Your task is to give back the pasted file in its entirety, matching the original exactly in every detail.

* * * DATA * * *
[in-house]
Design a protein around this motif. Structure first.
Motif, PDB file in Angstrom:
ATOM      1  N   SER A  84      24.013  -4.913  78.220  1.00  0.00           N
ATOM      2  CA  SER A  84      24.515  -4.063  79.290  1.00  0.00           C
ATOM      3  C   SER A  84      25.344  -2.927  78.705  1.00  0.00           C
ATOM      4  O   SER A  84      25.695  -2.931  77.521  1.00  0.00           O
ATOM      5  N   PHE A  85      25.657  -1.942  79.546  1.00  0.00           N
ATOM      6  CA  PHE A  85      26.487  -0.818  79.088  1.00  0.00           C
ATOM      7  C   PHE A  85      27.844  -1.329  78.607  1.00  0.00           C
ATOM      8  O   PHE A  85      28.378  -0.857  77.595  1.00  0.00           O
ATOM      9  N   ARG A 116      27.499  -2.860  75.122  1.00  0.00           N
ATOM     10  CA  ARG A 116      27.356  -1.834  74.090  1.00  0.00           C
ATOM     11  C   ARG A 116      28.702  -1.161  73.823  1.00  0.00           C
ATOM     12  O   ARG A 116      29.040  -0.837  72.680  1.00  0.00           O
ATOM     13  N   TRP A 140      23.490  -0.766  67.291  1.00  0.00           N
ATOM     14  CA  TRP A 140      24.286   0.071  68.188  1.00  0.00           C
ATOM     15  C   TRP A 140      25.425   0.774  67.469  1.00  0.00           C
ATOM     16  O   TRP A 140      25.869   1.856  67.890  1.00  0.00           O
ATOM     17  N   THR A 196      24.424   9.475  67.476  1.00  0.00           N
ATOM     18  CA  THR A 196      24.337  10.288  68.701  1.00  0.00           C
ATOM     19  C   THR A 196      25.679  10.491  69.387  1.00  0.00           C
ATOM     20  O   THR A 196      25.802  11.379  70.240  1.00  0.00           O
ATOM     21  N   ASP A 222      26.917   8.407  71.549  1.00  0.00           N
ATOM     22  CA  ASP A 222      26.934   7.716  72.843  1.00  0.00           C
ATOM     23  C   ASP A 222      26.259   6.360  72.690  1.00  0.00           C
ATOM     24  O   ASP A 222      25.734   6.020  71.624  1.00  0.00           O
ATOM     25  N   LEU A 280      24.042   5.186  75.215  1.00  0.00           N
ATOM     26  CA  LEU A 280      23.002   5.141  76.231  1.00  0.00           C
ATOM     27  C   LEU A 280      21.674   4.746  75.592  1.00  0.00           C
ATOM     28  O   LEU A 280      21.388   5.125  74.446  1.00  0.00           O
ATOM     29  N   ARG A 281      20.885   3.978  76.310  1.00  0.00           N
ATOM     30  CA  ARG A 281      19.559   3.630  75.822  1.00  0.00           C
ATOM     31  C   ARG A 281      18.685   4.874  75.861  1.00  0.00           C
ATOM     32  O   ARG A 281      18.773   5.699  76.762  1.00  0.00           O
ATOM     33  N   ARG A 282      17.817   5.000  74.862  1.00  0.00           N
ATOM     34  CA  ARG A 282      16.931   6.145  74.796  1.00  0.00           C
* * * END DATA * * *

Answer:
[in-house]
Design a protein around this motif. Structure first.
Motif, PDB file in Angstrom:
ATOM      1  N   SER A  84      24.013  -4.913  78.220  1.00  0.00           N
ATOM      2  CA  SER A  84      24.515  -4.063  79.290  1.00  0.00           C
ATOM      3  C   SER A  84      25.344  -2.927  78.705  1.00  0.00           C
ATOM      4  O   SER A  84      25.695  -2.931  77.521  1.00  0.00           O
ATOM      5  N   PHE A  85      25.657  -1.942  79.546  1.00  0.00           N
ATOM      6  CA  PHE A  85      26.487  -0.818  79.088  1.00  0.00           C
ATOM      7  C   PHE A  85      27.844  -1.329  78.607  1.00  0.00           C
ATOM      8  O   PHE A  85      28.378  -0.857  77.595  1.00  0.00           O
ATOM      9  N   ARG A 116      27.499  -2.860  75.122  1.00  0.00           N
ATOM     10  CA  ARG A 116      27.356  -1.834  74.090  1.00  0.00           C
ATOM     11  C   ARG A 116      28.702  -1.161  73.823  1.00  0.00           C
ATOM     12  O   ARG A 116      29.040  -0.837  72.680  1.00  0.00           O
ATOM     13  N   TRP A 140      23.490  -0.766  67.291  1.00  0.00           N
ATOM     14  CA  TRP A 140      24.286   0.071  68.188  1.00  0.00           C
ATOM     15  C   TRP A 140      25.425   0.774  67.469  1.00  0.00           C
ATOM     16  O   TRP A 140      25.869   1.856  67.890  1.00  0.00           O
ATOM     17  N   THR A 196      24.424   9.475  67.476  1.00  0.00           N
ATOM     18  CA  THR A 196      24.337  10.288  68.701  1.00  0.00           C
ATOM     19  C   THR A 196      25.679  10.491  69.387  1.00  0.00           C
ATOM     20  O   THR A 196      25.802  11.379  70.240  1.00  0.00           O
ATOM     21  N   ASP A 222      26.917   8.407  71.549  1.00  0.00           N
ATOM     22  CA  ASP A 222      26.934   7.716  72.843  1.00  0.00           C
ATOM     23  C   ASP A 222      26.259   6.360  72.690  1.00  0.00           C
ATOM     24  O   ASP A 222      25.734   6.020  71.624  1.00  0.00           O
ATOM     25  N   LEU A 280      24.042   5.186  75.215  1.00  0.00           N
ATOM     26  CA  LEU A 280      23.002   5.141  76.231  1.00  0.00           C
ATOM     27  C   LEU A 280      21.674   4.746  75.592  1.00  0.00           C
ATOM     28  O   LEU A 280      21.388   5.125  74.446  1.00  0.00           O
ATOM     29  N   ARG A 281      20.885   3.978  76.310  1.00  0.00           N
ATOM     30  CA  ARG A 281      19.559   3.630  75.822  1.00  0.00           C
ATOM     31  C   ARG A 281      18.685   4.874  75.861  1.00  0.00           C
ATOM     32  O   ARG A 281      18.773   5.699  76.762  1.00  0.00           O
ATOM     33  N   ARG A 282      17.817   5.000  74.862  1.00  0.00           N
ATOM     34  CA  ARG A 282      16.931   6.145  74.796  1.00  0.00           C